Christine Stuart photo
Sgt. David Orr of Norwalk (Christine Stuart photo)

(Updated 4:48 p.m.) A group of lawmakers, union leaders, and police officers gathered Monday to call for passage of legislation that would allow a first responder an opportunity to make a workers’ compensation claim if they witness a death or maiming.

The legislation, which was combined with legislation that would allow for coverage of certain cancers experienced by firefighters, passed the Senate last year, but was never called for a vote in the House.

Sen. Cathy Osten, D-Sprague, said the two bills will not be combined this year and she expects both to pass.

However, no one from House leadership was at the press conference.

A spokesman for House Speaker Brendan Sharkey, D-Hamden, said he wasn’t invited.

But he believes in order for the legislation to be successful “it should be an agreement between the police and the towns,” Larry Perosino, Sharkey’s spokesman, said.

The towns are concerned the bill would increase the cost of their workers’ compensation premiums.

The Labor and Public Employees Committee held a public hearing on the bill last week and are expected to vote on it next week. The bill would allow first responders — including police officers, ambulance workers, or firefighters — with a qualifying mental health issue to qualify for workers’ compensation coverage.

Sgt. Andrew Matthews, president of the Connecticut State Police Union, said “it’s only right that the state help us provide that coverage and get people to full improvement.”

Osten said the brain is just another piece of the body and it deserves the same protection as any other organ, if it’s injured during work.

Senate President Martin Looney, D-New Haven, said these injuries are just as real regardless of whether they are accompanied by a physical component.

“A terrible mistake was made back in 1993 when that change was made,” Looney said, referring to a change in workers’ compensation legislation that exempted mental health issues.

Christine Stuart photo
Sen. Cathy Osten (Christine Stuart photo)

“The science since then is more and more compelling that a mistake was made,” Looney said.

Looney said this is just a first step in restoring that right to all workers.

“Excluding PTSD from workers’ compensation coverage is wrong on every level,” Norwalk Police Sgt. David Orr said. “Severe emotional trauma is an injury and as such should be compensable.”

Robert Coppola, a detective with the Trumbull Police Department, testified that there are 32 states that include coverage for mental health injuries under workers’ compensation coverage.

He said even if the town had covered the claims of the 19 police officers and firefighters impacted by the death of 20 first graders and six educators at Sandy Hook Elementary School, it would not have bankrupted the system.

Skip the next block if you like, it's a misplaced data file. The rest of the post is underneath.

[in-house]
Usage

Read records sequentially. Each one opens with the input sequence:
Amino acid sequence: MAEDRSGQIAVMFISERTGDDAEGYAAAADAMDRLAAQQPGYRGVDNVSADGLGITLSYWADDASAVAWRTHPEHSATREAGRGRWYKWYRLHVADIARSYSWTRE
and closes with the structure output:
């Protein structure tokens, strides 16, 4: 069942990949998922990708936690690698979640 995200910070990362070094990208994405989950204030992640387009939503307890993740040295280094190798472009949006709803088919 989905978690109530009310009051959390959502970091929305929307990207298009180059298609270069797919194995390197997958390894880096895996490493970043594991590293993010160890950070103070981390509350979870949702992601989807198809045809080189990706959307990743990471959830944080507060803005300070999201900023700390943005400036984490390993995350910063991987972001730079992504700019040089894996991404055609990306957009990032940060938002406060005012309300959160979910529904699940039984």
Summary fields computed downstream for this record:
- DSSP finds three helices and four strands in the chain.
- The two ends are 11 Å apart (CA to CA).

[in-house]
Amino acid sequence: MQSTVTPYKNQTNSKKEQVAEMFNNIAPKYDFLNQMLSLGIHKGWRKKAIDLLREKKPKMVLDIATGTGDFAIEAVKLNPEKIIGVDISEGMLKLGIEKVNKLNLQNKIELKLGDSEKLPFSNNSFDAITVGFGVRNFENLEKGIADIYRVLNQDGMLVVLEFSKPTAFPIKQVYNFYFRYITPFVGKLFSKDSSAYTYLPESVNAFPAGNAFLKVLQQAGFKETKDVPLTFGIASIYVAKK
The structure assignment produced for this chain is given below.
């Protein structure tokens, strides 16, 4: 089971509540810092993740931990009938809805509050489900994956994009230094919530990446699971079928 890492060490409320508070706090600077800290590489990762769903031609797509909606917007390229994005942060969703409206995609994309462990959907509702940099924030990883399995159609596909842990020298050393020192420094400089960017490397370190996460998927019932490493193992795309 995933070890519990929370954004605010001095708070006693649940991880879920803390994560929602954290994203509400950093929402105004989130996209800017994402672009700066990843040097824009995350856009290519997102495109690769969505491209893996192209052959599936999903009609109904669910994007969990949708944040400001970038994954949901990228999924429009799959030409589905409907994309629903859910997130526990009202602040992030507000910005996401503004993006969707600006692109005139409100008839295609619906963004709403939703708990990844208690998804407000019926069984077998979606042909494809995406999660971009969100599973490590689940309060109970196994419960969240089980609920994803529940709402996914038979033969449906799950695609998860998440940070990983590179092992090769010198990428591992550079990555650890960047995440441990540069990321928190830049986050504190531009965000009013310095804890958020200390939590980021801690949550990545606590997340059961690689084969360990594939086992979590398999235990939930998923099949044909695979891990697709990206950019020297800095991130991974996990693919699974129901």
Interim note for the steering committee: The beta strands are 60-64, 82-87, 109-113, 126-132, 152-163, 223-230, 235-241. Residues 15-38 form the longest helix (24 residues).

He said there has been $142,655 in wage replacement and $15,599 in medical bills paid to those 19 first responders following the incident.

The Insurance Association of Connecticut expressed concern about some of the broad language included in the legislation and the impact it would have on the workers’ compensation system.

Eric George, president of the Insurance Association of Connecticut, said the limitations of the workers’ compensation law were put in place in 1993 to “prevent the abusive explosion of so-called ‘mental/mental’ claims and corresponding costs in Connecticut, as had been experienced in other states.”

Municipalities are worried about the cost.

Betsy Gara, executive director of the Council of Small Towns, said municipalities will be asked to pay higher premiums for workers’ compensation as a result of this legislation.

“Although towns are working hard to control local costs, declining revenues and increases costs associated with providing services is taking its toll,” Gara said. “Expanding workers’ compensation benefits at this time will further strain local budgets and put more pressure on towns to increase property taxes or make cuts in programs and personnel.”

However, absent this mental health coverage, police officers are given no choice but to continue working with PTSD, Orr said.

“It’s an emotional and financial struggle no first responder should have to bear,” Orr said.

Former Monroe Police Officer Dennis Bradshaw knows this all too well.

Bradshaw, who was unable to attend Monday’s press conference, testified that he responded to Sandy Hook and those who witnessed the “massacre are forever scarred emotionally.” After working long hours during that event, he started having flashbacks, but had no idea he was suffering from PTSD.

He responded to two more traumatic calls in Monroe. One involved a four year old girl whose throat was punctured by a bicycle handlebar and the second incident involved a “10-year old boy who was shot in the cheek when his father accidentally discharged a gun.”

Bradshaw said it was more than he could bear.

“I finally got myself help last spring; I also went on short term disability, and watched my pay decline by 50 percent as a consequence. But I knew I had no choice,” Bradshaw added.